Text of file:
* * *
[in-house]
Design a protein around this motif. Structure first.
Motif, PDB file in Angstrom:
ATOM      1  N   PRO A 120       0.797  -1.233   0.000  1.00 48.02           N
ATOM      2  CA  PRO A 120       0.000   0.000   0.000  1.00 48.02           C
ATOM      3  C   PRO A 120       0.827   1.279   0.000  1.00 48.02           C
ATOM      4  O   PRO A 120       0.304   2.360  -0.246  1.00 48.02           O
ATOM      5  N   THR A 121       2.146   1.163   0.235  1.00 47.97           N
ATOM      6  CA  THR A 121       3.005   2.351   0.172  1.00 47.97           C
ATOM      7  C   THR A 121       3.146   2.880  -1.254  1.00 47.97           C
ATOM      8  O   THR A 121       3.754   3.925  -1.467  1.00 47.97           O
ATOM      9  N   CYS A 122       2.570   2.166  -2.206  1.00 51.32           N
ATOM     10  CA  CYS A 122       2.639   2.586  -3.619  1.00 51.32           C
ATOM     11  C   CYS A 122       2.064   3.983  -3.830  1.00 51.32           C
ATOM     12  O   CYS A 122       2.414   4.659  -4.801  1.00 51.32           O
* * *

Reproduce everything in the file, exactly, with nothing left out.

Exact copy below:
[in-house]
Design a protein around this motif. Structure first.
Motif, PDB file in Angstrom:
ATOM      1  N   PRO A 120       0.797  -1.233   0.000  1.00 48.02           N
ATOM      2  CA  PRO A 120       0.000   0.000   0.000  1.00 48.02           C
ATOM      3  C   PRO A 120       0.827   1.279   0.000  1.00 48.02           C
ATOM      4  O   PRO A 120       0.304   2.360  -0.246  1.00 48.02           O
ATOM      5  N   THR A 121       2.146   1.163   0.235  1.00 47.97           N
ATOM      6  CA  THR A 121       3.005   2.351   0.172  1.00 47.97           C
ATOM      7  C   THR A 121       3.146   2.880  -1.254  1.00 47.97           C
ATOM      8  O   THR A 121       3.754   3.925  -1.467  1.00 47.97           O
ATOM      9  N   CYS A 122       2.570   2.166  -2.206  1.00 51.32           N
ATOM     10  CA  CYS A 122       2.639   2.586  -3.619  1.00 51.32           C
ATOM     11  C   CYS A 122       2.064   3.983  -3.830  1.00 51.32           C
ATOM     12  O   CYS A 122       2.414   4.659  -4.801  1.00 51.32           O